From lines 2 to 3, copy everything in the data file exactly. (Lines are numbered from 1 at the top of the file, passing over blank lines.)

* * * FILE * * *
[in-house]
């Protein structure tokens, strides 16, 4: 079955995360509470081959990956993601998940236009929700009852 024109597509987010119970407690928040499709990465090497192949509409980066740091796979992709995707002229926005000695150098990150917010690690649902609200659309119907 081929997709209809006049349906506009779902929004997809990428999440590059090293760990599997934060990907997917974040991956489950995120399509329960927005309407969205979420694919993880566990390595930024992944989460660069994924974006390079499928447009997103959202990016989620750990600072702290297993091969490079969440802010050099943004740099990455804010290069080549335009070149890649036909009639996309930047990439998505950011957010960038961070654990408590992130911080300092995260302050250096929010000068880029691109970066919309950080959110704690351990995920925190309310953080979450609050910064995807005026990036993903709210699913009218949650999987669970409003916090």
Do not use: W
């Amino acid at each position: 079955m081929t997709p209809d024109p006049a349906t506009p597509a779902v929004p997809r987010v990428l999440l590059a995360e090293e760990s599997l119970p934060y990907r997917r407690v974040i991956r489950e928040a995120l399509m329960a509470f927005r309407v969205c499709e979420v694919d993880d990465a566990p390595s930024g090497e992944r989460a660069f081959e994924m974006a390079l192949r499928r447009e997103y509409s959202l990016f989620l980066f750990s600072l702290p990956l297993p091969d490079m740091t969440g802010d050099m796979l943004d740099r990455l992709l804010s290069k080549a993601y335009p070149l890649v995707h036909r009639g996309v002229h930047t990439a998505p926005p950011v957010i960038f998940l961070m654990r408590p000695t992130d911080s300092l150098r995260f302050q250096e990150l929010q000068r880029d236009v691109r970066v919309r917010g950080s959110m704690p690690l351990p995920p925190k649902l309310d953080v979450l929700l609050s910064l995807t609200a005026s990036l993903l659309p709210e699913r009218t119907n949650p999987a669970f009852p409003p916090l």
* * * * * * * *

């Protein structure tokens, strides 16, 4: 079955995360509470081959990956993601998940236009929700009852 024109597509987010119970407690928040499709990465090497192949509409980066740091796979992709995707002229926005000695150098990150917010690690649902609200659309119907 081929997709209809006049349906506009779902929004997809990428999440590059090293760990599997934060990907997917974040991956489950995120399509329960927005309407969205979420694919993880566990390595930024992944989460660069994924974006390079499928447009997103959202990016989620750990600072702290297993091969490079969440802010050099943004740099990455804010290069080549335009070149890649036909009639996309930047990439998505950011957010960038961070654990408590992130911080300092995260302050250096929010000068880029691109970066919309950080959110704690351990995920925190309310953080979450609050910064995807005026990036993903709210699913009218949650999987669970409003916090």
Do not use: W